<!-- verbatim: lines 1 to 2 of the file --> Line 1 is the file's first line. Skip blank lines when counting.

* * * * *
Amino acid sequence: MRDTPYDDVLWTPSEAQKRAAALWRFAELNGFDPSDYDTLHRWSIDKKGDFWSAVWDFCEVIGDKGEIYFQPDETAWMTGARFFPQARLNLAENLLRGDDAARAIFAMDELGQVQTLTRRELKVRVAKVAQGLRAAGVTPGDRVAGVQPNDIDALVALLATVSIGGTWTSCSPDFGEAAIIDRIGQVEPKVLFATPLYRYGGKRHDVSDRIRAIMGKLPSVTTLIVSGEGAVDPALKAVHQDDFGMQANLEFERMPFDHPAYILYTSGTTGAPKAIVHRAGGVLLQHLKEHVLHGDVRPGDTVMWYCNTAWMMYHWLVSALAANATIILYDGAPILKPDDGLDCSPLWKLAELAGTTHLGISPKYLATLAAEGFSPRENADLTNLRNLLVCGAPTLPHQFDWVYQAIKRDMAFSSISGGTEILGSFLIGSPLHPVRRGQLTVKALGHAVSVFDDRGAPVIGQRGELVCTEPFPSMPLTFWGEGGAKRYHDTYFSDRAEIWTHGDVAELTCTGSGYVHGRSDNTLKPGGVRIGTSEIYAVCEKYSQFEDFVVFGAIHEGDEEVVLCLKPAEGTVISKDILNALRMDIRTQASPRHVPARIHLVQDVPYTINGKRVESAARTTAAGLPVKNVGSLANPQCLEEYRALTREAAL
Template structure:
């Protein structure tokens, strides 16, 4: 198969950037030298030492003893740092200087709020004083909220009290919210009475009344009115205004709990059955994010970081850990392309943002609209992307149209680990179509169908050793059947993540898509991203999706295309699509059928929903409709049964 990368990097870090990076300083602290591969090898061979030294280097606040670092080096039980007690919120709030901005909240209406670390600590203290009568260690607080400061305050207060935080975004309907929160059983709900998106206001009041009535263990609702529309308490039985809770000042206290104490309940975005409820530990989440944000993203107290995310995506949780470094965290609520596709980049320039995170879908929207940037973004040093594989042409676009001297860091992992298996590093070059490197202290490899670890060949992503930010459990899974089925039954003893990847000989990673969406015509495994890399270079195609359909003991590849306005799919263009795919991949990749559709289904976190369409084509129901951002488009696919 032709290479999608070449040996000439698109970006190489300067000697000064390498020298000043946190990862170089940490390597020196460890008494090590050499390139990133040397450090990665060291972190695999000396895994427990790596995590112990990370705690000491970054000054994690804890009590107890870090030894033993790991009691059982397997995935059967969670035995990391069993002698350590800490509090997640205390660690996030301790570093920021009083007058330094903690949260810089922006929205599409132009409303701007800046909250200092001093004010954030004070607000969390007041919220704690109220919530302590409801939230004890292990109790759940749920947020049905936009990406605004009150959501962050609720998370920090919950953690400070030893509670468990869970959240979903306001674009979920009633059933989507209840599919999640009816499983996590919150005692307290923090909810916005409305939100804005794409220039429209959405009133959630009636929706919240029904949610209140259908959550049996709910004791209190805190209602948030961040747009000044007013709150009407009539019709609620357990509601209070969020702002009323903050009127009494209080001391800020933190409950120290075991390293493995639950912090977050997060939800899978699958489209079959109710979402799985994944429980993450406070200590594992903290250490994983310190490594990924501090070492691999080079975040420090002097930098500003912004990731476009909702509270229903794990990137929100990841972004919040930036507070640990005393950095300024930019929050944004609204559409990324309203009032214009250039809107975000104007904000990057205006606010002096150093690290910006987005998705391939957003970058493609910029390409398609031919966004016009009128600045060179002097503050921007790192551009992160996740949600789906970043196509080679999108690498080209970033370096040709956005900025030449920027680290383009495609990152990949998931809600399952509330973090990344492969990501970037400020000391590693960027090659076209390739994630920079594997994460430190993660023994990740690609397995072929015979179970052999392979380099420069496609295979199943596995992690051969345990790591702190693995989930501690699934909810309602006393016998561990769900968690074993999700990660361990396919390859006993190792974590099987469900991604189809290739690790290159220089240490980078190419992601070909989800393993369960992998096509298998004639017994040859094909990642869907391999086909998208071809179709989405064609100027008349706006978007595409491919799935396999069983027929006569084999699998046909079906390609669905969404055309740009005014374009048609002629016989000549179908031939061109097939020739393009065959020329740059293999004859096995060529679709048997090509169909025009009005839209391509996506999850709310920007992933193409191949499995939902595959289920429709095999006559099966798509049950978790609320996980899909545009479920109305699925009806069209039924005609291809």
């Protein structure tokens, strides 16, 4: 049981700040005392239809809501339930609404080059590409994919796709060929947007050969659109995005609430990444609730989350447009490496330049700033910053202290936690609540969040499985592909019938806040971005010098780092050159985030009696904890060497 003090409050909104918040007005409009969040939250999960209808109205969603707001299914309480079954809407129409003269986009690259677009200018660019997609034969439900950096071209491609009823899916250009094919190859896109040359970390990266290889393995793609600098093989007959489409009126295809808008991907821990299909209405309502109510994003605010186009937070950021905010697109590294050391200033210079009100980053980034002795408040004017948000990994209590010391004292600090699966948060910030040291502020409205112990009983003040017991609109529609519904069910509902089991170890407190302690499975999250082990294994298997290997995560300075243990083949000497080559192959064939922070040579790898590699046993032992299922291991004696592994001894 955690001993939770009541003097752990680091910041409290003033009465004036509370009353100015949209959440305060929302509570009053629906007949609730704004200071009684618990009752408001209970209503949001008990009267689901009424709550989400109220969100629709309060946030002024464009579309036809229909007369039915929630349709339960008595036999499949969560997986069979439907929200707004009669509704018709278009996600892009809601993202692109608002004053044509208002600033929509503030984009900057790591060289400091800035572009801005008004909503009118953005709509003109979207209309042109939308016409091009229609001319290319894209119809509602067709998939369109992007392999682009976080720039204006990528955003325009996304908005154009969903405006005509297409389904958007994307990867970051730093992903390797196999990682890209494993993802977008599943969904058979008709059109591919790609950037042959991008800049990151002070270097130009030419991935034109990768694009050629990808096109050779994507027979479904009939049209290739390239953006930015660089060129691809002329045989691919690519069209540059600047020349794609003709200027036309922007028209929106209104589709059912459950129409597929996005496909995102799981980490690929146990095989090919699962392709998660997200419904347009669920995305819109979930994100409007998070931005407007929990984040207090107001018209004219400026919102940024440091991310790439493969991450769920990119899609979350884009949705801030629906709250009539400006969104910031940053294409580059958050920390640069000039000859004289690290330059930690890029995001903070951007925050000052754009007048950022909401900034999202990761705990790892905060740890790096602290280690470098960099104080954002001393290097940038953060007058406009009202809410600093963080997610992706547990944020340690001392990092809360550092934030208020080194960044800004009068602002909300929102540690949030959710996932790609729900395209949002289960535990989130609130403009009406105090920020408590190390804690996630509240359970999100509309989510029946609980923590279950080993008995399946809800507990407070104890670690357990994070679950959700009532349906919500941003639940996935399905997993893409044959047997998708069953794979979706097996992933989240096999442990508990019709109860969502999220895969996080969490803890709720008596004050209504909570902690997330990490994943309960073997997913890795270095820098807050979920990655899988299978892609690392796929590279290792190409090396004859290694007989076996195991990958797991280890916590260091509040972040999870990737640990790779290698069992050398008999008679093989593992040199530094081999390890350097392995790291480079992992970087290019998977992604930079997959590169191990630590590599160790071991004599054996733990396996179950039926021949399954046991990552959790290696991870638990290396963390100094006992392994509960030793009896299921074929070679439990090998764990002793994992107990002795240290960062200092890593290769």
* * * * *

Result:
Amino acid sequence: MRDTPYDDVLWTPSEAQKRAAALWRFAELNGFDPSDYDTLHRWSIDKKGDFWSAVWDFCEVIGDKGEIYFQPDETAWMTGARFFPQARLNLAENLLRGDDAARAIFAMDELGQVQTLTRRELKVRVAKVAQGLRAAGVTPGDRVAGVQPNDIDALVALLATVSIGGTWTSCSPDFGEAAIIDRIGQVEPKVLFATPLYRYGGKRHDVSDRIRAIMGKLPSVTTLIVSGEGAVDPALKAVHQDDFGMQANLEFERMPFDHPAYILYTSGTTGAPKAIVHRAGGVLLQHLKEHVLHGDVRPGDTVMWYCNTAWMMYHWLVSALAANATIILYDGAPILKPDDGLDCSPLWKLAELAGTTHLGISPKYLATLAAEGFSPRENADLTNLRNLLVCGAPTLPHQFDWVYQAIKRDMAFSSISGGTEILGSFLIGSPLHPVRRGQLTVKALGHAVSVFDDRGAPVIGQRGELVCTEPFPSMPLTFWGEGGAKRYHDTYFSDRAEIWTHGDVAELTCTGSGYVHGRSDNTLKPGGVRIGTSEIYAVCEKYSQFEDFVVFGAIHEGDEEVVLCLKPAEGTVISKDILNALRMDIRTQASPRHVPARIHLVQDVPYTINGKRVESAARTTAAGLPVKNVGSLANPQCLEEYRALTREAAL
Template structure: